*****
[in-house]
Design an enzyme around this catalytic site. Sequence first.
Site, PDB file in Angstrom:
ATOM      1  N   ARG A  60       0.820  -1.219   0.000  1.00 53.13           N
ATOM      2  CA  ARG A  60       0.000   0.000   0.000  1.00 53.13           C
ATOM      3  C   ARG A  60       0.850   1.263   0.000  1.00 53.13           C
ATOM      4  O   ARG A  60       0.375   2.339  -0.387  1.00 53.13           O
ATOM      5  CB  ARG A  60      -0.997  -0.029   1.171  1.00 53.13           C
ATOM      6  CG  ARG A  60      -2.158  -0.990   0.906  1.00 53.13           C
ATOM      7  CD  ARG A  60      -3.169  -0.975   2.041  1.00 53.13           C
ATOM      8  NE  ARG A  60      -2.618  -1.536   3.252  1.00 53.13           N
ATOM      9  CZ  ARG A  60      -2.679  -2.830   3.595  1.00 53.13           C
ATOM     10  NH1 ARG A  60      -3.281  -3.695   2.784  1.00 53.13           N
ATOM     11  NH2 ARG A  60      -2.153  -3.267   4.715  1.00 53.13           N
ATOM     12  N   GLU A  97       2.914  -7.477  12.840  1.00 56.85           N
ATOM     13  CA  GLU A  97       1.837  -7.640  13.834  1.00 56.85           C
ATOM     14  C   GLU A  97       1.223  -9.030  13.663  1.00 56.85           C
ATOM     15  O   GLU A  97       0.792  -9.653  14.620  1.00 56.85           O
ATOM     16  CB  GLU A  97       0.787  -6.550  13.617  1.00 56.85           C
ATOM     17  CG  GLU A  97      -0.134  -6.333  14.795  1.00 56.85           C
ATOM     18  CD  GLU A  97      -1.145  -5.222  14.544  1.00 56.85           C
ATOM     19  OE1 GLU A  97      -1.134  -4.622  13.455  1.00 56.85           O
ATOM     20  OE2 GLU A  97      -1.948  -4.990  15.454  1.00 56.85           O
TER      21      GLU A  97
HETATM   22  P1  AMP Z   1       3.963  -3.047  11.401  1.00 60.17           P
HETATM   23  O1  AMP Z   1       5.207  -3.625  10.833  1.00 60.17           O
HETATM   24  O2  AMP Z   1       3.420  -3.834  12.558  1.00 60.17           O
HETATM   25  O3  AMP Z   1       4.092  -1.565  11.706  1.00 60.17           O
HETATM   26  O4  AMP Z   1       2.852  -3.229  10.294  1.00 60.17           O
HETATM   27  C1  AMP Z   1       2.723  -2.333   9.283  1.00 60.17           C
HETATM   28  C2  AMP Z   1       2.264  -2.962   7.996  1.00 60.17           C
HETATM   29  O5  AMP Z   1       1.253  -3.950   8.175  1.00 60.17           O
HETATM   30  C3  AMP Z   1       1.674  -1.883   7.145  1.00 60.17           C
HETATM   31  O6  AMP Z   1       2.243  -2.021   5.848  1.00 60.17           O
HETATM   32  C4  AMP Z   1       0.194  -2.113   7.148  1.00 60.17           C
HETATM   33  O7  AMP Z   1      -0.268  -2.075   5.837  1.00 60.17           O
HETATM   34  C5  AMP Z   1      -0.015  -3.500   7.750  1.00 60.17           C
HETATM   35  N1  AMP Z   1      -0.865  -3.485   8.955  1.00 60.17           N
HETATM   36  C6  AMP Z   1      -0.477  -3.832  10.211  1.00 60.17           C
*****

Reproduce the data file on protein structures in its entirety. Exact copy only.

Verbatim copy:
[in-house]
Design an enzyme around this catalytic site. Sequence first.
Site, PDB file in Angstrom:
ATOM      1  N   ARG A  60       0.820  -1.219   0.000  1.00 53.13           N
ATOM      2  CA  ARG A  60       0.000   0.000   0.000  1.00 53.13           C
ATOM      3  C   ARG A  60       0.850   1.263   0.000  1.00 53.13           C
ATOM      4  O   ARG A  60       0.375   2.339  -0.387  1.00 53.13           O
ATOM      5  CB  ARG A  60      -0.997  -0.029   1.171  1.00 53.13           C
ATOM      6  CG  ARG A  60      -2.158  -0.990   0.906  1.00 53.13           C
ATOM      7  CD  ARG A  60      -3.169  -0.975   2.041  1.00 53.13           C
ATOM      8  NE  ARG A  60      -2.618  -1.536   3.252  1.00 53.13           N
ATOM      9  CZ  ARG A  60      -2.679  -2.830   3.595  1.00 53.13           C
ATOM     10  NH1 ARG A  60      -3.281  -3.695   2.784  1.00 53.13           N
ATOM     11  NH2 ARG A  60      -2.153  -3.267   4.715  1.00 53.13           N
ATOM     12  N   GLU A  97       2.914  -7.477  12.840  1.00 56.85           N
ATOM     13  CA  GLU A  97       1.837  -7.640  13.834  1.00 56.85           C
ATOM     14  C   GLU A  97       1.223  -9.030  13.663  1.00 56.85           C
ATOM     15  O   GLU A  97       0.792  -9.653  14.620  1.00 56.85           O
ATOM     16  CB  GLU A  97       0.787  -6.550  13.617  1.00 56.85           C
ATOM     17  CG  GLU A  97      -0.134  -6.333  14.795  1.00 56.85           C
ATOM     18  CD  GLU A  97      -1.145  -5.222  14.544  1.00 56.85           C
ATOM     19  OE1 GLU A  97      -1.134  -4.622  13.455  1.00 56.85           O
ATOM     20  OE2 GLU A  97      -1.948  -4.990  15.454  1.00 56.85           O
TER      21      GLU A  97
HETATM   22  P1  AMP Z   1       3.963  -3.047  11.401  1.00 60.17           P
HETATM   23  O1  AMP Z   1       5.207  -3.625  10.833  1.00 60.17           O
HETATM   24  O2  AMP Z   1       3.420  -3.834  12.558  1.00 60.17           O
HETATM   25  O3  AMP Z   1       4.092  -1.565  11.706  1.00 60.17           O
HETATM   26  O4  AMP Z   1       2.852  -3.229  10.294  1.00 60.17           O
HETATM   27  C1  AMP Z   1       2.723  -2.333   9.283  1.00 60.17           C
HETATM   28  C2  AMP Z   1       2.264  -2.962   7.996  1.00 60.17           C
HETATM   29  O5  AMP Z   1       1.253  -3.950   8.175  1.00 60.17           O
HETATM   30  C3  AMP Z   1       1.674  -1.883   7.145  1.00 60.17           C
HETATM   31  O6  AMP Z   1       2.243  -2.021   5.848  1.00 60.17           O
HETATM   32  C4  AMP Z   1       0.194  -2.113   7.148  1.00 60.17           C
HETATM   33  O7  AMP Z   1      -0.268  -2.075   5.837  1.00 60.17           O
HETATM   34  C5  AMP Z   1      -0.015  -3.500   7.750  1.00 60.17           C
HETATM   35  N1  AMP Z   1      -0.865  -3.485   8.955  1.00 60.17           N
HETATM   36  C6  AMP Z   1      -0.477  -3.832  10.211  1.00 60.17           C